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EU data retention directive gets final nod

The European Union says the controversial legislation is necessary to help fight terrorism and organized crime.

The European Union has given the final thumbs-up to a controversial data retention directive.

The legislation, which the EU says is necessary to help fight terrorism and organized crime, was passed by justice ministers in Brussels on Tuesday. Internet service providers and fixed-line and mobile operators will now be forced to keep details of their customers' communications for up to two years.

Information including the date, destination and duration of communications will be stored and made available to law enforcement authorities for between six and 24 months, although the content of such communications will not be recorded. Service providers will have to bear the costs of the storage themselves.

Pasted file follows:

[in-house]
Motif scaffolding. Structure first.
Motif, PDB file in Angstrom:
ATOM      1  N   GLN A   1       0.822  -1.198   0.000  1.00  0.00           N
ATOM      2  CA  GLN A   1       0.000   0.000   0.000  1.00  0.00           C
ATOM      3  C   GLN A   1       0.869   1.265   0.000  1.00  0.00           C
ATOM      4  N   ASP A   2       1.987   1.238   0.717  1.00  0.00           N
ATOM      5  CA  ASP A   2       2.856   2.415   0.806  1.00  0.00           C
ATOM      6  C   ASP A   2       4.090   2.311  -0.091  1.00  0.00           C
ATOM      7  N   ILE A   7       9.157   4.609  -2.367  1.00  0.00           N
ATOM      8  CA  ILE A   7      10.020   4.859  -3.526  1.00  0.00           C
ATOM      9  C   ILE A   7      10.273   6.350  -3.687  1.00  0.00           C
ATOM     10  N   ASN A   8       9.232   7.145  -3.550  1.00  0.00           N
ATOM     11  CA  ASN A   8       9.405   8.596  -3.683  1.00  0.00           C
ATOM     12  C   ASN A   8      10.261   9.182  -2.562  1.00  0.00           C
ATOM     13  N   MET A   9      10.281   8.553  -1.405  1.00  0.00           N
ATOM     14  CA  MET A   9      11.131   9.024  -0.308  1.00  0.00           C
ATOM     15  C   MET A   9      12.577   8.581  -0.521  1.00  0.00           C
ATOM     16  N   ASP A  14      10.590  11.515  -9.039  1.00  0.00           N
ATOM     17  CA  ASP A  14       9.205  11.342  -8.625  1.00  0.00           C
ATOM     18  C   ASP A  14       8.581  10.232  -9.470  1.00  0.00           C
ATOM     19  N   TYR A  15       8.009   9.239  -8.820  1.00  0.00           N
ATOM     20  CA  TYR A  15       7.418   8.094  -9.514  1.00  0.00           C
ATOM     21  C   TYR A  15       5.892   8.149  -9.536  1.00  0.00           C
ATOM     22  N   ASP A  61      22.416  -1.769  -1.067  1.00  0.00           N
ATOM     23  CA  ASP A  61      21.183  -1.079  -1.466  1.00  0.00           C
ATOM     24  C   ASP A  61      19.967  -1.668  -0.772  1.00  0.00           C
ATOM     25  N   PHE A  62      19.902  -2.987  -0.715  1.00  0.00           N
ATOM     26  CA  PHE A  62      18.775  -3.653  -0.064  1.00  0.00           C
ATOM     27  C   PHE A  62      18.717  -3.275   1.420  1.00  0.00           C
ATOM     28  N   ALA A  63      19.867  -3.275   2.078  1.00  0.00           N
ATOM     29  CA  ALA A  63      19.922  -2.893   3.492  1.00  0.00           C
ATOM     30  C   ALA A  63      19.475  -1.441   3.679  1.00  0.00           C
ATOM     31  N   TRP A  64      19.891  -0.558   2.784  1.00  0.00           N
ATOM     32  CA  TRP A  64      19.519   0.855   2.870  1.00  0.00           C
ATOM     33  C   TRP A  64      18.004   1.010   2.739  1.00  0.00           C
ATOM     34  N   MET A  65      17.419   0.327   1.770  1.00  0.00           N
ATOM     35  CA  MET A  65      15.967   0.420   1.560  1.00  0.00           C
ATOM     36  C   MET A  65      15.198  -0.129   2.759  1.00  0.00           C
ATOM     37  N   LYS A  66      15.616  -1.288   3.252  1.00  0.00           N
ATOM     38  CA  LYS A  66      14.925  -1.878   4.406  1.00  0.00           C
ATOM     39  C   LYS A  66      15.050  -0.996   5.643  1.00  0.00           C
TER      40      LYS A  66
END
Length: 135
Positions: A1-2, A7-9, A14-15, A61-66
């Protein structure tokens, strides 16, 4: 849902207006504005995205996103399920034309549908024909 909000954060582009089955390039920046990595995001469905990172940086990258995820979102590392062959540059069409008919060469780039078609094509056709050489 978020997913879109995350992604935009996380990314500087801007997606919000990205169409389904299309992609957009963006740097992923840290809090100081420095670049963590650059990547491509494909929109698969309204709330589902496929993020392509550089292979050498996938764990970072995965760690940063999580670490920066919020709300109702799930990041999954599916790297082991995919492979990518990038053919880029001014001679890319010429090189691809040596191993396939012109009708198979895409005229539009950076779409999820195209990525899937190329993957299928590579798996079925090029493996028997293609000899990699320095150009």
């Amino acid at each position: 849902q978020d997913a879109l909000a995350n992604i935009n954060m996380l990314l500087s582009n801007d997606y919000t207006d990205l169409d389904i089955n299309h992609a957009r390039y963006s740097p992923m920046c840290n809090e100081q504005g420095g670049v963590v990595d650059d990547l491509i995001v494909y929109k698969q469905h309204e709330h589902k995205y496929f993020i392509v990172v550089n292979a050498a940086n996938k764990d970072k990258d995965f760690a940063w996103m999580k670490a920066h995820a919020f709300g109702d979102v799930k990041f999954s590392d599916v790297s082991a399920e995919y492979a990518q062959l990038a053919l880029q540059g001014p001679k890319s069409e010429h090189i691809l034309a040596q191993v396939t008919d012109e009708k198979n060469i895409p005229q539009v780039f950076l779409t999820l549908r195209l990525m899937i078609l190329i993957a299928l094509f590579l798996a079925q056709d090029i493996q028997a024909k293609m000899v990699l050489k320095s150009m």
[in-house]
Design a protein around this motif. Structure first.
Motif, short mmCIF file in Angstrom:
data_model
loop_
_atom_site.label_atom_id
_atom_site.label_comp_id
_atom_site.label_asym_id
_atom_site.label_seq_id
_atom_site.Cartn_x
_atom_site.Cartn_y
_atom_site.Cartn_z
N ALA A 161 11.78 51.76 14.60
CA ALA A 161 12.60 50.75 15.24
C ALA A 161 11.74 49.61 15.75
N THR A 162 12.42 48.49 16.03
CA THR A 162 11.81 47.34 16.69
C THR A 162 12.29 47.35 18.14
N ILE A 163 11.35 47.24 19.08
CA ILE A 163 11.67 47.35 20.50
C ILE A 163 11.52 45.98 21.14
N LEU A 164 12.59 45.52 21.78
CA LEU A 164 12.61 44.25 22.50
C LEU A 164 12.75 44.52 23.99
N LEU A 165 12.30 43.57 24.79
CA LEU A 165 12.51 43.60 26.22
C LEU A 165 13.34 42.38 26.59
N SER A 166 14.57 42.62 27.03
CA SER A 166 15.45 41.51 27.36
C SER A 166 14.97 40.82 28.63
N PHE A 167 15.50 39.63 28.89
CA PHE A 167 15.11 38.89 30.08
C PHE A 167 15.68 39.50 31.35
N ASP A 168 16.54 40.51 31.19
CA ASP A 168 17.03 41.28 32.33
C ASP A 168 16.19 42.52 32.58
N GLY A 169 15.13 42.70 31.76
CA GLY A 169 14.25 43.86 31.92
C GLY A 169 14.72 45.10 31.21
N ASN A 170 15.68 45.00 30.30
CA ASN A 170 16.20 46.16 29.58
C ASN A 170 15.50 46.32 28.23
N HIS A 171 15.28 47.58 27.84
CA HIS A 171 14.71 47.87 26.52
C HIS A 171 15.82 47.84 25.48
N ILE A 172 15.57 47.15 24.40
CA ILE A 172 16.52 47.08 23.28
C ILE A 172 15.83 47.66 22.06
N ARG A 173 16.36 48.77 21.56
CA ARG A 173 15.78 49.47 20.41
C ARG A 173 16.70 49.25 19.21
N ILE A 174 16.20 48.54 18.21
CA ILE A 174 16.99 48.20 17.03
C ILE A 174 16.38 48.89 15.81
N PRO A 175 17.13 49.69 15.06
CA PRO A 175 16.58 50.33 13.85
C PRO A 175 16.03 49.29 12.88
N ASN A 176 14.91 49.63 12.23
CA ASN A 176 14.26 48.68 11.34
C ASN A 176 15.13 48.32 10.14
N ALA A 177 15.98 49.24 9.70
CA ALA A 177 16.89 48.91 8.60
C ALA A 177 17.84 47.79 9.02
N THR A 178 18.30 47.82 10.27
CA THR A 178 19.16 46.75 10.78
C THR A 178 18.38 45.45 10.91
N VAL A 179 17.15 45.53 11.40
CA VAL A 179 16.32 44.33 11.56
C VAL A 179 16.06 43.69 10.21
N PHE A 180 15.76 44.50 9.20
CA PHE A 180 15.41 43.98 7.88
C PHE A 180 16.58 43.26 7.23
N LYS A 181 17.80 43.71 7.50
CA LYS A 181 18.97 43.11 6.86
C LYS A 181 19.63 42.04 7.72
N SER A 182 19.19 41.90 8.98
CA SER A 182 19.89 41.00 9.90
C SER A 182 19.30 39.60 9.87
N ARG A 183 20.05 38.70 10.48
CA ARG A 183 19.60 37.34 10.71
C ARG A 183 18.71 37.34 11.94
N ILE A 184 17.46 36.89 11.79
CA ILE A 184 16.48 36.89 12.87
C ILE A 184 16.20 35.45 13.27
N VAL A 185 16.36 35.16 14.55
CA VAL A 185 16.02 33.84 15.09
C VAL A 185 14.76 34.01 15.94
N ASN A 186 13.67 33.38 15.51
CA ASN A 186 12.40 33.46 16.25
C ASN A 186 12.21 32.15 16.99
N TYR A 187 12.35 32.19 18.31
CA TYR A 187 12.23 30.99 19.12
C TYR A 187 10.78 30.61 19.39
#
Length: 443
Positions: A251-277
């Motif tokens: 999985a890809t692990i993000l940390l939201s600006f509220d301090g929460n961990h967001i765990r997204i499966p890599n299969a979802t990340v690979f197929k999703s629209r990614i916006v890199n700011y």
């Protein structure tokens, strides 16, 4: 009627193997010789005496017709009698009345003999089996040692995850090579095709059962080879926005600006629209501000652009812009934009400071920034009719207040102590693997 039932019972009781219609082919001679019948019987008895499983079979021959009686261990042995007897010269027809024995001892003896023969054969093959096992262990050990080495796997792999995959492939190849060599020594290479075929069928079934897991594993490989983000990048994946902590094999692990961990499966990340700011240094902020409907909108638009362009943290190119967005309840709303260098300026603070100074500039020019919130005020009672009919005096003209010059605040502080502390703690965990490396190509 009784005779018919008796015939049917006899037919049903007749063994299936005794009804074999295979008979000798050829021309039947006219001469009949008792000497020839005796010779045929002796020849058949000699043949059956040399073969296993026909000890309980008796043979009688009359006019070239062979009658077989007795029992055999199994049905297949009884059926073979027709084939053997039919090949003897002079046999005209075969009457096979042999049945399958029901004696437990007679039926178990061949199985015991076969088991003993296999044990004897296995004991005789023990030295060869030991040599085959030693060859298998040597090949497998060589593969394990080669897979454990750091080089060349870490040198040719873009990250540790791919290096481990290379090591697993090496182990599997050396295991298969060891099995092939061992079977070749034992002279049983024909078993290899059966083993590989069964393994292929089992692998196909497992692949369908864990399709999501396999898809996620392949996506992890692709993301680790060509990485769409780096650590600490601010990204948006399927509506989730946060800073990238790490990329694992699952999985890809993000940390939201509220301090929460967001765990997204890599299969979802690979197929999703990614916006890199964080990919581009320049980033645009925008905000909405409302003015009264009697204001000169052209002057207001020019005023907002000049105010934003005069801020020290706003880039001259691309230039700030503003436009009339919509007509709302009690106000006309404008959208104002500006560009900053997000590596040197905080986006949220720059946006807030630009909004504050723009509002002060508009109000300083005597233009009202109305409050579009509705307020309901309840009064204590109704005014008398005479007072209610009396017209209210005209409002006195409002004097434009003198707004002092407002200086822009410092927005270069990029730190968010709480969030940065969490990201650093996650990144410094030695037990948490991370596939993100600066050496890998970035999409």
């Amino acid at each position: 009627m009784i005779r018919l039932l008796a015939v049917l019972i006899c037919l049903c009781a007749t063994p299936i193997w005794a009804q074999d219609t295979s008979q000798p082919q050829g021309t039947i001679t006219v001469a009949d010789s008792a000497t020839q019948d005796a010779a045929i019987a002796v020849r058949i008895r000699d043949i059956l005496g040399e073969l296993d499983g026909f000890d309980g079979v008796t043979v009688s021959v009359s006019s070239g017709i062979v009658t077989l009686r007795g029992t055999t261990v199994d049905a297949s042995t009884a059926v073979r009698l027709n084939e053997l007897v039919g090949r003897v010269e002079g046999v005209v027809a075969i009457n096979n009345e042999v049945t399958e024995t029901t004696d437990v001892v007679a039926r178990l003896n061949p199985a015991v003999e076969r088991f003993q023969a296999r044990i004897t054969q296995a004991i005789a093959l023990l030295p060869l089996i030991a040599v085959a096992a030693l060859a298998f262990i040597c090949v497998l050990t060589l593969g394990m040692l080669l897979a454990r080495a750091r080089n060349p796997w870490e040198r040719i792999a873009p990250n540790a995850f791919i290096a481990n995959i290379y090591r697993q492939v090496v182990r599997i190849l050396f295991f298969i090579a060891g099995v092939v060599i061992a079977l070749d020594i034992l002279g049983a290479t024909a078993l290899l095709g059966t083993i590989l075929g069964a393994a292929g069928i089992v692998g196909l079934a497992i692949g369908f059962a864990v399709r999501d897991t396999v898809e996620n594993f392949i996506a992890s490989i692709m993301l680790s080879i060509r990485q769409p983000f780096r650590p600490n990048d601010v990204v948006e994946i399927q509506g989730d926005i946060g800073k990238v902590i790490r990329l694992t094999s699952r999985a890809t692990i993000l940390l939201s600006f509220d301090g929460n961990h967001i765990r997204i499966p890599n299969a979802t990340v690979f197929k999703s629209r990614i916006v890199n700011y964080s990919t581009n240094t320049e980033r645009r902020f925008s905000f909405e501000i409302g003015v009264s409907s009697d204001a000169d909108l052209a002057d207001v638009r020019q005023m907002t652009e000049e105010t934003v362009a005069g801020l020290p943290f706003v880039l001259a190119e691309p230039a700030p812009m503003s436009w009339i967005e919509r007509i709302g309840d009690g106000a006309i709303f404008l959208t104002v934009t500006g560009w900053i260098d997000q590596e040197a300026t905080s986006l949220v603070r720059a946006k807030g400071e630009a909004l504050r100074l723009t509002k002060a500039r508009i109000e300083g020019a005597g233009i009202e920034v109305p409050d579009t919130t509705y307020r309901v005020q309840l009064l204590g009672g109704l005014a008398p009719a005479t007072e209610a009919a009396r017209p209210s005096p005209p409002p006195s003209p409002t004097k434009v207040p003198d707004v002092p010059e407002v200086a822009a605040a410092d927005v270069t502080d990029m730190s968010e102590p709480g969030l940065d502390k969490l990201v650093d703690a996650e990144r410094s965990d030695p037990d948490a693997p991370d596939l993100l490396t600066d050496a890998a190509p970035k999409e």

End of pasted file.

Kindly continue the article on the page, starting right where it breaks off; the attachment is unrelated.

EU countries will now have until August 2007 to implement the directive, which was initially proposed after the Madrid train bombings in 2004.

While some member states had recommended data be stored for longer periods, the new legislation has drawn fire from privacy advocates who believe the directive is a threat to human rights.

A coalition of civil liberties groups, including Privacy International, recently criticized the directive in an open letter to the EU.

"Adopting this directive would cause an irreversible shift in civil liberties within the European Union," the letter said. "It will adversely affect consumer rights throughout Europe. And it will generate an unprecedented obstacle to the global competitiveness of European industry."

Jo Best of Silicon.com reported from London.